Lord Laming concluded that that the Report ‘is a vivid demonstration of poor practice within and between social services, the police and the health agencies.  It is also a stark reminder of the consequences of ineffective and inept management.’ (v)   

Developments in the System – did it get better? 

The Inquiry Report concluded that the child protection framework under the Children Act 1989 was fundamentally sound, but there were gaps in its implementation.  As a result, the Children Act 2004 made several key changes.  Further changes were made by the Children and Social Work Act 2017, which amended the 2004 Act in several areas.  

Among other things, the 2004 Act, as amended:  

  • Places a duty on local authorities in England to make arrangements to promote co-operation with key partners and local agencies, with a view to improving the well-being of children in the authority’s area. 
  • Places a duty on a range of agencies, including local authorities, the police and health services, to ensure that they consider the need to safeguard and promote the welfare of the children when carrying out their functions. 
  • Establishes the roles and responsibilities of safeguarding partners (the local authority, NHS Clinical Commissioning Groups and the Police), which are responsible for determining how safeguarding arrangements should work in their area. vi 

Statutory guidance, ‘Working Together to Safeguard Children’, first published in 2010 and was last updated in July 2018 to reflect the changes arising from the Children and Social Work Act 2017, sets out how individuals and organisations should work together to safeguard and promote the welfare of children and young people in accordance with the relevant legislation.   

Improvements and changes were implemented following Victoria’s death, but the child protection system continued to have deficits, which has been evidenced by the number of child deaths since, including that of Peter Connelly (Baby P) in 2008, following which Lord Laming was commissioned to undertake an urgent progress report in respect of the implementation of effective arrangements for safeguarding children in England. 

In 2011, Professor Eileen Munroe was commissioned to undertake an independent review (The Munroe Review of Child Protection) of child protection in England.  Professor Munroe considered the child protection system to be ‘over-bureaucratised and concerned with compliance’ rather than a system which is child-focussed.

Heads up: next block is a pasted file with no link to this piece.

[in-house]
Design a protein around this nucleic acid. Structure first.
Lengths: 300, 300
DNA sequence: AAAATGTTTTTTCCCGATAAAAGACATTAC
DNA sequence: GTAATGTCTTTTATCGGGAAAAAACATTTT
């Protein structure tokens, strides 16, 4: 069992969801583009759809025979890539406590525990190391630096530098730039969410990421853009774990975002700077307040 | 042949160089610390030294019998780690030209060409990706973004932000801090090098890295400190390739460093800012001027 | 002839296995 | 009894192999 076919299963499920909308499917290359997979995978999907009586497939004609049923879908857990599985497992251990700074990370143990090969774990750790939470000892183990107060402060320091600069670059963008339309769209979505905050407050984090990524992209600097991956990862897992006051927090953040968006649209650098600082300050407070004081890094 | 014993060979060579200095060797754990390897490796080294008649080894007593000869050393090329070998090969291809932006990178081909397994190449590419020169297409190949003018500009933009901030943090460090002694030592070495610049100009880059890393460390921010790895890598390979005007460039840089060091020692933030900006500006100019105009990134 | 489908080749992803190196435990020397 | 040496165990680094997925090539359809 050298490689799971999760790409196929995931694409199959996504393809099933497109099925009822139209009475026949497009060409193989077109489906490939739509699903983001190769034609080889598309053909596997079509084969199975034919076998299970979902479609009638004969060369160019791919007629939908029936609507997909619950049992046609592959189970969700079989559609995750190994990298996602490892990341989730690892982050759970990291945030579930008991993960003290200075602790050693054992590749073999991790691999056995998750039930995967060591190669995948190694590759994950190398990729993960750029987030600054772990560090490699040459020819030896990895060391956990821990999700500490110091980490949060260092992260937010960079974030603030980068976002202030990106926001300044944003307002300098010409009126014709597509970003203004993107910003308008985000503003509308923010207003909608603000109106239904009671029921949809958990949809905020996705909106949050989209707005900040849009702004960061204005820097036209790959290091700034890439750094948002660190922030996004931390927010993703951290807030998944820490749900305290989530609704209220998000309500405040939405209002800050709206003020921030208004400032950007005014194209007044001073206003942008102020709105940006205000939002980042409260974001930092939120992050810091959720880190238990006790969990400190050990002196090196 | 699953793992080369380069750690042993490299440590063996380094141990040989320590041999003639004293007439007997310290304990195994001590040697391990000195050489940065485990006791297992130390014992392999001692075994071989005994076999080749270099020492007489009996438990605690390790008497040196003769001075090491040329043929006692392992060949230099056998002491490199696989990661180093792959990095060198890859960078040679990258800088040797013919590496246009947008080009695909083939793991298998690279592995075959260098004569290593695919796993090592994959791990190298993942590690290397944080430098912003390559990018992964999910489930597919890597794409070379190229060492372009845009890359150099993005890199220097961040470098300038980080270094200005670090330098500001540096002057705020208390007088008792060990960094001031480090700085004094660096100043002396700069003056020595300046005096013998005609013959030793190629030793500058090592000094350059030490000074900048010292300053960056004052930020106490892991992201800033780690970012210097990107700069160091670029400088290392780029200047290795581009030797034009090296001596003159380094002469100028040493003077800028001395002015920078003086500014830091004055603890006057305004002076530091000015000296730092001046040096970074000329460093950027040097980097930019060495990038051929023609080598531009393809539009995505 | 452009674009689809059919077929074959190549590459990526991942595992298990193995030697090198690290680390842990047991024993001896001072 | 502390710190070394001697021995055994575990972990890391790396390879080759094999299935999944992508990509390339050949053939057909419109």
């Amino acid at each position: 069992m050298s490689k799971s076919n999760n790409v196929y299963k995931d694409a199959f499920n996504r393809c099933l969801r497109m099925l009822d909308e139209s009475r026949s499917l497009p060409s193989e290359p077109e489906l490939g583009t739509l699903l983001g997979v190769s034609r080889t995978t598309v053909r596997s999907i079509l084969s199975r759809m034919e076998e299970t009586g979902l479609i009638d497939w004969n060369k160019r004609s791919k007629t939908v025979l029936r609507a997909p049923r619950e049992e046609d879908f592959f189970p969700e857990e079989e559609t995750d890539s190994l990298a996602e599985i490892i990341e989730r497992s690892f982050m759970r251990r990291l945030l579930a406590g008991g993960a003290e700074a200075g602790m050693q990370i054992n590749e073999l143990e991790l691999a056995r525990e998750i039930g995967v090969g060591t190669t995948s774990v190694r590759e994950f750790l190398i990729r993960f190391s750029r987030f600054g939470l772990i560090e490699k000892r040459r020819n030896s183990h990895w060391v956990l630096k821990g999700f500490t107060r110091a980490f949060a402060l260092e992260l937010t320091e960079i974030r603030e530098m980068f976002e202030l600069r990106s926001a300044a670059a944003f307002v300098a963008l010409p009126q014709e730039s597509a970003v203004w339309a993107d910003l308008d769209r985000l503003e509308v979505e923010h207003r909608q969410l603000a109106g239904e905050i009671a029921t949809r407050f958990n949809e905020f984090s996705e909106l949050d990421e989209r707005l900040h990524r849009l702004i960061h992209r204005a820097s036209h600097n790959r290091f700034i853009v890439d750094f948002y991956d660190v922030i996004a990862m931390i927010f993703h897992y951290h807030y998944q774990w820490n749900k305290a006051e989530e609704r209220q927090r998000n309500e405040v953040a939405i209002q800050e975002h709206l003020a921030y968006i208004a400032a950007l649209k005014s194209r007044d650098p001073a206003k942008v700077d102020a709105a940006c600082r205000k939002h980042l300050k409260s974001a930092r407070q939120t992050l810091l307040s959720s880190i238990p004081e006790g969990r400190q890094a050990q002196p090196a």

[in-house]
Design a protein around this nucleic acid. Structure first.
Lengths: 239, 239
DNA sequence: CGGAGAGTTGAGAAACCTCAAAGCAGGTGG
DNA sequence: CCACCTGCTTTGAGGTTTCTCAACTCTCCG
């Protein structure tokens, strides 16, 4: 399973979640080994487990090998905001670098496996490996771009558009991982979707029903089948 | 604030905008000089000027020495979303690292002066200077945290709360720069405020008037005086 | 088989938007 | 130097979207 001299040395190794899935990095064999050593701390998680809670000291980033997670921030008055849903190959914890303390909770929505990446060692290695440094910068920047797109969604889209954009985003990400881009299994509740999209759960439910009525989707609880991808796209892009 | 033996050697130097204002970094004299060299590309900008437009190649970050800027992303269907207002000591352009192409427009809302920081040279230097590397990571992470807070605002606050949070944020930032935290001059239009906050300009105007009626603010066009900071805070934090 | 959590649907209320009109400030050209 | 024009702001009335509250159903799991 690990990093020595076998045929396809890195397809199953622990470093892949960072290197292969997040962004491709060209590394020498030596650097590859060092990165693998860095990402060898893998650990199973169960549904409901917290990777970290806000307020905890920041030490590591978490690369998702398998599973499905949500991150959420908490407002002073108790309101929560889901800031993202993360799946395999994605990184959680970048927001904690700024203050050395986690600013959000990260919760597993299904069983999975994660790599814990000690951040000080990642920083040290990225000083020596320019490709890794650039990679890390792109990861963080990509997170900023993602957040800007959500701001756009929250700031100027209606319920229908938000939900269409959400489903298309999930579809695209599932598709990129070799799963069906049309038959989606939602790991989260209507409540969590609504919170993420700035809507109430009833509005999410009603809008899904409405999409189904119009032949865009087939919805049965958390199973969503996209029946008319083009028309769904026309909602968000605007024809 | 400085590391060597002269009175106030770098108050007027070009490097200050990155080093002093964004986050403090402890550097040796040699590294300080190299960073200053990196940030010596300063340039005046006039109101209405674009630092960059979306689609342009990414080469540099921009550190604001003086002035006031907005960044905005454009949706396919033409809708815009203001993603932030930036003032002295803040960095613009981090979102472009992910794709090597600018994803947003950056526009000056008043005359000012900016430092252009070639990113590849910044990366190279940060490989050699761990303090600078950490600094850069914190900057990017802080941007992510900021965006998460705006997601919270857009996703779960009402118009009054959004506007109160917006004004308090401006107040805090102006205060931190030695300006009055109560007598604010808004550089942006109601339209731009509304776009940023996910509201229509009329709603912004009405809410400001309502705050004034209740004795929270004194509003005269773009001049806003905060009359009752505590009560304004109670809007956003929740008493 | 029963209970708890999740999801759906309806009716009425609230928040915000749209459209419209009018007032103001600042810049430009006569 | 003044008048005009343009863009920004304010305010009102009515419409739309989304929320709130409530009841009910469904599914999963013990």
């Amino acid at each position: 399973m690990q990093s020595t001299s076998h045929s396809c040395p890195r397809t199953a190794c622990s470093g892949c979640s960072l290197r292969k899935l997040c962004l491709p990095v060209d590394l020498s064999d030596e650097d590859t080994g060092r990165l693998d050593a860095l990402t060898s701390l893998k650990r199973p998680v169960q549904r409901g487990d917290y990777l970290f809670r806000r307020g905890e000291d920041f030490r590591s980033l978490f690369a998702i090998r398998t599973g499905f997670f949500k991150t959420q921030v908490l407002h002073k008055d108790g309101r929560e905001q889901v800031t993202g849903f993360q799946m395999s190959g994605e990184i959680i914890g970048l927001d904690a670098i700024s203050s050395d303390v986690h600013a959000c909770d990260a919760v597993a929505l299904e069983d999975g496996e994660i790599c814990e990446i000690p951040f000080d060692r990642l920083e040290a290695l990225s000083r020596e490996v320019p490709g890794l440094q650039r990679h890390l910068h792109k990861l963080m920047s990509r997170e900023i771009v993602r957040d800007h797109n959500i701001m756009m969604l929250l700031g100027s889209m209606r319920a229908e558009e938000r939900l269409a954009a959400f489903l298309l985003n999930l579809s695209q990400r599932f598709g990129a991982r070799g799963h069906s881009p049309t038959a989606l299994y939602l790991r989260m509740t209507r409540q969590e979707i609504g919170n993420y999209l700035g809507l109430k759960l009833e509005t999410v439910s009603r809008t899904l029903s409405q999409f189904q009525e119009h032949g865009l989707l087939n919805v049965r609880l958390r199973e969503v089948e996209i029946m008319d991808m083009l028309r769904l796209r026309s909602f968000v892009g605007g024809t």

Our practice 

We as practitioners are important cogs in the child protection system.  So, what can we do to ensure the system continues to function effectively and the dots continue to be connected?  We should ensure that we have availed ourselves of the relevant legislation and statutory guidance in respect of the roles, responsibilities and most importantly the statutory duties of those professionals who become involved in safeguarding a child.  This is with the aim of ensuring that we are in a strong position to be able to (i) give detailed advice to those whom we represent, whether that be a local authority client, Children’s Guardian or parents and connected persons and (ii) to be able to challenge professionals actively and robustly where necessary.  

Final thoughts 

Undoubtedly the child protection system in England and Wales has changed, improved and evolved over the last 21 years since Victoria’s death.  This should not come as a surprise to any of us; this is an area that does not remain static, it is forever changing and adapting to ensure the children it aims to protect are indeed protected.  A system can always be improved upon.  Will it ever be perfect?  I don’t consider perfection exists and the sad reality is that sometimes deficits in the system are brought to the fore when things go tragically wrong.  My hope however is that we never forget the young lives that have been lost due to failings in the system and that the legacy of Victoria and others lives on in the work that we do to ensure better futures and outcomes for those children who find themselves requiring protection. 

“I have suffered too much grief in setting down these heartrending memories.  If I try to describe him, it is to make sure that I shall not forget him.” (vii)

 Written by Lyana Chan, Consultant Barrister, Unit Chambers